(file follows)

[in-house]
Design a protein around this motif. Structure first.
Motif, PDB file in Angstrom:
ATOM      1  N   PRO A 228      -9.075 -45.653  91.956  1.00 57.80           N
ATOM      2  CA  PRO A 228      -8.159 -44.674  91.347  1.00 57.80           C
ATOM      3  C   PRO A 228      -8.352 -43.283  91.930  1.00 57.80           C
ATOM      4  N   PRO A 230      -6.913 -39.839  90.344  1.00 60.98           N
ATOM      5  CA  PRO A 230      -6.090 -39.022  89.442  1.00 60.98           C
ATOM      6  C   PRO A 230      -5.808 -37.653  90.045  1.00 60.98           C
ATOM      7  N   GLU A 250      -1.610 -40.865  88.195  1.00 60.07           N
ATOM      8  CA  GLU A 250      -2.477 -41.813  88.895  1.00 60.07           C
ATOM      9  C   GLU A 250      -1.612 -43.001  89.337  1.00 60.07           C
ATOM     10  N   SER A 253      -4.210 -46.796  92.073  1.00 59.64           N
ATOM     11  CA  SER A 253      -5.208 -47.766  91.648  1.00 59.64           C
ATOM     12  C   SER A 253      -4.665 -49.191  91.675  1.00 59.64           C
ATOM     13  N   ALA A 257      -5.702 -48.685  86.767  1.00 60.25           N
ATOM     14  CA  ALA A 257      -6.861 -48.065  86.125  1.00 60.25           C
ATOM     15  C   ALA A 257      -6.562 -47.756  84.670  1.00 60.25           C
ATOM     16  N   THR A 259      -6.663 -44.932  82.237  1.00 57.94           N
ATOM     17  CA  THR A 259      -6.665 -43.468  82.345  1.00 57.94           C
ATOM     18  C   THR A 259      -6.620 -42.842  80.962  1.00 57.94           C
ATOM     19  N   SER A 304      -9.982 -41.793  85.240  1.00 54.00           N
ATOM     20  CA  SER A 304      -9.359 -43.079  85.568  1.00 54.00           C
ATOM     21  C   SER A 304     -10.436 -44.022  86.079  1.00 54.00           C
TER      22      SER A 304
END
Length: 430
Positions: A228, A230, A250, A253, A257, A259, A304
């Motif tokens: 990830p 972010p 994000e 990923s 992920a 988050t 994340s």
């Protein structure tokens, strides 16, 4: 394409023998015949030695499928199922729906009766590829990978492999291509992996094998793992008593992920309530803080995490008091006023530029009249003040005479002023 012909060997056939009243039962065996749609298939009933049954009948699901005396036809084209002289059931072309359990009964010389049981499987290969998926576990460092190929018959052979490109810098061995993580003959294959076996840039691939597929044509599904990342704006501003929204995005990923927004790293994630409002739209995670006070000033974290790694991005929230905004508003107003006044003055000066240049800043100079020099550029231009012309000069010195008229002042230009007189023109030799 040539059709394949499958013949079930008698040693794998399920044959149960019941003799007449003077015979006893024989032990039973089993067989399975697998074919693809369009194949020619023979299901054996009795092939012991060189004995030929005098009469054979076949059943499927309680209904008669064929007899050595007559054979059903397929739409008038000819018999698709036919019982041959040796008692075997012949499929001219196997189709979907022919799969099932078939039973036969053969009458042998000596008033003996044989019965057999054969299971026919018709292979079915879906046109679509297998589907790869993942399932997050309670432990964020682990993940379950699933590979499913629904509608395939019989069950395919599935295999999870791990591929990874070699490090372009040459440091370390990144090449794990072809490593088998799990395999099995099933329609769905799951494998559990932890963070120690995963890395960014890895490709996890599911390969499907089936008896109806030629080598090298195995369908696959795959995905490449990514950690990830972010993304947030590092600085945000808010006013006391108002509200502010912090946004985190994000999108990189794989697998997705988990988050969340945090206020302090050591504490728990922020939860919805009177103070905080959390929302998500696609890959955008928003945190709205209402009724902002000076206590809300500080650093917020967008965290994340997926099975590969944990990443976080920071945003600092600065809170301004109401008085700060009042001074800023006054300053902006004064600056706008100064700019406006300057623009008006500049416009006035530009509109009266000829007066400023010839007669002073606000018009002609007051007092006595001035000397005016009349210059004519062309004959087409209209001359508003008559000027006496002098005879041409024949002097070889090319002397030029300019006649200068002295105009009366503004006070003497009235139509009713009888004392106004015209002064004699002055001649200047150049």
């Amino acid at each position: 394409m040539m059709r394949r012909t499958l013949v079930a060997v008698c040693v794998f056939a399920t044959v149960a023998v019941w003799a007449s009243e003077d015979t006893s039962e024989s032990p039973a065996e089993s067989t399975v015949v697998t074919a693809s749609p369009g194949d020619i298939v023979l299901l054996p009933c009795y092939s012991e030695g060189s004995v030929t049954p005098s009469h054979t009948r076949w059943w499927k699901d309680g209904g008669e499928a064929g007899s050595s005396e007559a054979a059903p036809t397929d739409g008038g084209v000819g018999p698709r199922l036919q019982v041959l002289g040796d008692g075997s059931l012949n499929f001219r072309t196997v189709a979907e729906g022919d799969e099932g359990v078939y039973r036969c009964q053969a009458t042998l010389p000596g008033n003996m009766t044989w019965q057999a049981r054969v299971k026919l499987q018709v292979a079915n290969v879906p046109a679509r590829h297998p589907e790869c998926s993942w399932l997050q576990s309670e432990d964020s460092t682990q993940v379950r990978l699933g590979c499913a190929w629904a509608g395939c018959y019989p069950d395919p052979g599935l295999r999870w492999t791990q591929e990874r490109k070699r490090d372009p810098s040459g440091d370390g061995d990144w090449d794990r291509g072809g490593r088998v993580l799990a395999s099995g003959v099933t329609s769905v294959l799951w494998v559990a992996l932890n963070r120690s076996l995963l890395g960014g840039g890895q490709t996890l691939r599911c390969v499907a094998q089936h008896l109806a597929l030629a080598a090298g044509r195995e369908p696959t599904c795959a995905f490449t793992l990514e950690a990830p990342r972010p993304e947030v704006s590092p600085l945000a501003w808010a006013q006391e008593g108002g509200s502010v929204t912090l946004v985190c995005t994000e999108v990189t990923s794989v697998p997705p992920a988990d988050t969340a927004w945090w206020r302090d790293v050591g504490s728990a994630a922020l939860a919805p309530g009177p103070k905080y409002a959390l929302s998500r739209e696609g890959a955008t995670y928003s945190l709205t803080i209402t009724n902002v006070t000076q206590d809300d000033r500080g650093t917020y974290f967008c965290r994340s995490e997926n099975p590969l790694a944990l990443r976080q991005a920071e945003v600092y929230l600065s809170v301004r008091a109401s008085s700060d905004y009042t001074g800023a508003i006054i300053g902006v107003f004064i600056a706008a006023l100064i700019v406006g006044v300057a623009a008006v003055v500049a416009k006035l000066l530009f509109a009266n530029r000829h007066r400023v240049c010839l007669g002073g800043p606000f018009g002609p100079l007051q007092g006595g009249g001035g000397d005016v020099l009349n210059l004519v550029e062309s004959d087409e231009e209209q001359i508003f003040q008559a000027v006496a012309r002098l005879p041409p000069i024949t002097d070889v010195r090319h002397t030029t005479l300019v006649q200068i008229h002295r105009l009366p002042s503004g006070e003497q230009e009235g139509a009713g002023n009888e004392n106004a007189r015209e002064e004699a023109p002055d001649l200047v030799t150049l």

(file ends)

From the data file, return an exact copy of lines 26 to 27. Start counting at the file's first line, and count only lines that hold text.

END
Length: 430